Nimble Robotics scores $50 million for its technology for fulfilment automation.


Nimble Robotics, a warehouse automation company, announced today that it has raised $ 50 million in Series A funding. It was led by DNS Capital and GSR Ventures and included Accel as well as Reinvent Capital. This funding will help the company roughly double its headcount in the coming year. 

It was created by former Stanford PhD student Simon Kalouche. The system uses deep imitation learning, one of the most popular concepts in robotics research, which helps the system to improve and map its surroundings by reinforcing. 

“Instead of letting it sit in a lab for five years and creating this robotic application before it’s finally ready to deploy to the real world, we deployed it today,” Kalouche clarifies. Kalouche. “It’s not completely autonomous, but it’s autonomous for about 90%, 90 percent of the time. The remaining 5-10% are controlled by remote humans; however, it’s reliable for the first day, and it’s also reliable after 10,000.”

Nimble is one of several robotics companies that has been able to draw the interest of COVID-19. The illness has led to rapid growth in development of e-commerce as well as an interest in automationthat has resulted in a huge curiosity about the technology that can be used to fulfill warehouse orders. Nimble has also benefited from the quick adoption the technology.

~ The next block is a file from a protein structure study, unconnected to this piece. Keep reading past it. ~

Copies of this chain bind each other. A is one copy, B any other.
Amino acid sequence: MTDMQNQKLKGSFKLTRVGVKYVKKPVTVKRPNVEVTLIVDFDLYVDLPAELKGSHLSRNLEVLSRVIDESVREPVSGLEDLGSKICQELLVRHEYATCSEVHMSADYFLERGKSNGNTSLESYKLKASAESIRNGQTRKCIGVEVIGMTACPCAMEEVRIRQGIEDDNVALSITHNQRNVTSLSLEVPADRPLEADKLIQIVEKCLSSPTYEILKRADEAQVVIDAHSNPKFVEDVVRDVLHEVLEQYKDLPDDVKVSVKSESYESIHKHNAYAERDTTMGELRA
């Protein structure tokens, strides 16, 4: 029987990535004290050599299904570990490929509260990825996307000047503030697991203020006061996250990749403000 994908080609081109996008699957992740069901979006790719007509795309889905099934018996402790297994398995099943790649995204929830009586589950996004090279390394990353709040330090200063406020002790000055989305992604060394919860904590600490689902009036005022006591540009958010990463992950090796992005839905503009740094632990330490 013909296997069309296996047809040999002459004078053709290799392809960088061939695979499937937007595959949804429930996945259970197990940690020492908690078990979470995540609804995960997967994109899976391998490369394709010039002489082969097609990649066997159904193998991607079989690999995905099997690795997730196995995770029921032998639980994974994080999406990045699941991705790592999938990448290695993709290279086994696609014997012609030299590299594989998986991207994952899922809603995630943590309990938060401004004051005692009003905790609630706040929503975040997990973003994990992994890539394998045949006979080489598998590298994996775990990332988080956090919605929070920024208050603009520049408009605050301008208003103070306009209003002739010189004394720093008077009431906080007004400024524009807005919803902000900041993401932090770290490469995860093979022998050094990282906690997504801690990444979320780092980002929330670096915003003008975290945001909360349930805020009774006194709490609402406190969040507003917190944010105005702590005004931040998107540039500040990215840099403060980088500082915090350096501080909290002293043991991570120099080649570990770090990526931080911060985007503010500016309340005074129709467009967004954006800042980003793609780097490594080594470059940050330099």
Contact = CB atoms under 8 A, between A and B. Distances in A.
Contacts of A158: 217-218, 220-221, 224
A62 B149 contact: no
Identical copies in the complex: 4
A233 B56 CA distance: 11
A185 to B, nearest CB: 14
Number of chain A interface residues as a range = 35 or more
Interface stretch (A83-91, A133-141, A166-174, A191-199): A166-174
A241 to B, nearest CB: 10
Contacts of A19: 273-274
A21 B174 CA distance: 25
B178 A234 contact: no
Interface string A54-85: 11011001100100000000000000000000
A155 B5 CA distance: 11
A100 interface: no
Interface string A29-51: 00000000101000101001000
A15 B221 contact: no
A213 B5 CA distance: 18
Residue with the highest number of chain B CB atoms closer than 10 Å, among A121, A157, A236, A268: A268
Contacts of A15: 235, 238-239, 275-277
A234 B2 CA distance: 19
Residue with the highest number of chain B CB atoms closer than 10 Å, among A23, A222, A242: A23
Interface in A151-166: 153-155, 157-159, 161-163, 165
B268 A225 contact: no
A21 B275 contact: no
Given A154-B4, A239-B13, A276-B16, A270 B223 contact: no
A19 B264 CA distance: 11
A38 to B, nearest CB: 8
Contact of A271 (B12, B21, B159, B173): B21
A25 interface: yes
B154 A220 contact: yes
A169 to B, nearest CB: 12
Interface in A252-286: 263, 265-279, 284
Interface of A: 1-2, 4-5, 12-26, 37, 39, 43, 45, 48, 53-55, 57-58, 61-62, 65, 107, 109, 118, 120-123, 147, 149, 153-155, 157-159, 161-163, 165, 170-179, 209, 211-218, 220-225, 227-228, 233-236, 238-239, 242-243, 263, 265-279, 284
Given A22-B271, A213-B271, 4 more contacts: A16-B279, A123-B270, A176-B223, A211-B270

“We’re not the only robot to sort and pack, then place and put business on the market. “We’ve witnessed rapid growth and we have many robots for production,” Kalouche tells TechCrunch. “A significant majority of people use robots to work in places where warehouses are located. We currently have many robots working and the number is expanding rapidly. “These is the machines that are creating and taking in hundreds of thousands of daily orders for the customers we serve.”

Alongside the major capital raising, the company added two prominent names to its board of directors. Fei-Fei Li, professor in computer science and engineering at Stanford University, and Sebastian Thrun the founder of the Udacity’s Kitty Hawk.

“Nimble addresses both reliability and integration concerns,” Li who invests of seed firms, claimed in a press statement that was linked to the announcement. “Their robots are constantly making decisions in massive production for over one year for many of the biggest retailers around the world. “They’ve developed an AI-powered platform which makes integration fast simple, easy, and effortless for the customers who shop at their locations.”

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